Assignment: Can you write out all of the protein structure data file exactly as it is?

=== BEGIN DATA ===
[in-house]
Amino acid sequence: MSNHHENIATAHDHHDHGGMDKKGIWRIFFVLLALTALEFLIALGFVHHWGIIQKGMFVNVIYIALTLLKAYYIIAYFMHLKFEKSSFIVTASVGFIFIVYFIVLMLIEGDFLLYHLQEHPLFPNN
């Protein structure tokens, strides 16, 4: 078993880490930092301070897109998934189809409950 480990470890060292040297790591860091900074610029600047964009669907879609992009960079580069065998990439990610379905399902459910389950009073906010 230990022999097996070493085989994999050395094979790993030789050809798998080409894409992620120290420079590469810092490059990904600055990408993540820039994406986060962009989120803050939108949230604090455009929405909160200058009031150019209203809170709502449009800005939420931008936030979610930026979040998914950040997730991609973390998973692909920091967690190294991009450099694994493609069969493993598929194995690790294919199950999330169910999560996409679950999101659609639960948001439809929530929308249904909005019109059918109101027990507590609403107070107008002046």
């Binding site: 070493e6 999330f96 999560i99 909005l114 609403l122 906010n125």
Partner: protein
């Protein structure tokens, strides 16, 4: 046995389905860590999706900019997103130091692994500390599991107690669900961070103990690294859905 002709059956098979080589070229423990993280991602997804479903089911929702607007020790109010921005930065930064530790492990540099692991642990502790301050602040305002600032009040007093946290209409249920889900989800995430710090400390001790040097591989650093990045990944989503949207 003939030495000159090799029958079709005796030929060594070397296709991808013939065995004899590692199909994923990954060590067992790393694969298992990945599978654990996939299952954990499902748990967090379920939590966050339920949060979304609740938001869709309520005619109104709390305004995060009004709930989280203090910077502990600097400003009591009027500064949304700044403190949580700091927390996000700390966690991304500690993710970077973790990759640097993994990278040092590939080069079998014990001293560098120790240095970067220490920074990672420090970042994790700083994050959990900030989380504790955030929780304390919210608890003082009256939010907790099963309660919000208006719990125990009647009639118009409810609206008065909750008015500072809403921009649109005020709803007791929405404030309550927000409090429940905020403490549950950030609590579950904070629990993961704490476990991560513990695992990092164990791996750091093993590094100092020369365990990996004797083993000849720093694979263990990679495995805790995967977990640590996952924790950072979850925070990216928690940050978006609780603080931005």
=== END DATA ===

[in-house]
Amino acid sequence: MSNHHENIATAHDHHDHGGMDKKGIWRIFFVLLALTALEFLIALGFVHHWGIIQKGMFVNVIYIALTLLKAYYIIAYFMHLKFEKSSFIVTASVGFIFIVYFIVLMLIEGDFLLYHLQEHPLFPNN
């Protein structure tokens, strides 16, 4: 078993880490930092301070897109998934189809409950 480990470890060292040297790591860091900074610029600047964009669907879609992009960079580069065998990439990610379905399902459910389950009073906010 230990022999097996070493085989994999050395094979790993030789050809798998080409894409992620120290420079590469810092490059990904600055990408993540820039994406986060962009989120803050939108949230604090455009929405909160200058009031150019209203809170709502449009800005939420931008936030979610930026979040998914950040997730991609973390998973692909920091967690190294991009450099694994493609069969493993598929194995690790294919199950999330169910999560996409679950999101659609639960948001439809929530929308249904909005019109059918109101027990507590609403107070107008002046």
């Binding site: 070493e6 999330f96 999560i99 909005l114 609403l122 906010n125």
Partner: protein
């Protein structure tokens, strides 16, 4: 046995389905860590999706900019997103130091692994500390599991107690669900961070103990690294859905 002709059956098979080589070229423990993280991602997804479903089911929702607007020790109010921005930065930064530790492990540099692991642990502790301050602040305002600032009040007093946290209409249920889900989800995430710090400390001790040097591989650093990045990944989503949207 003939030495000159090799029958079709005796030929060594070397296709991808013939065995004899590692199909994923990954060590067992790393694969298992990945599978654990996939299952954990499902748990967090379920939590966050339920949060979304609740938001869709309520005619109104709390305004995060009004709930989280203090910077502990600097400003009591009027500064949304700044403190949580700091927390996000700390966690991304500690993710970077973790990759640097993994990278040092590939080069079998014990001293560098120790240095970067220490920074990672420090970042994790700083994050959990900030989380504790955030929780304390919210608890003082009256939010907790099963309660919000208006719990125990009647009639118009409810609206008065909750008015500072809403921009649109005020709803007791929405404030309550927000409090429940905020403490549950950030609590579950904070629990993961704490476990991560513990695992990092164990791996750091093993590094100092020369365990990996004797083993000849720093694979263990990679495995805790995967977990640590996952924790950072979850925070990216928690940050978006609780603080931005």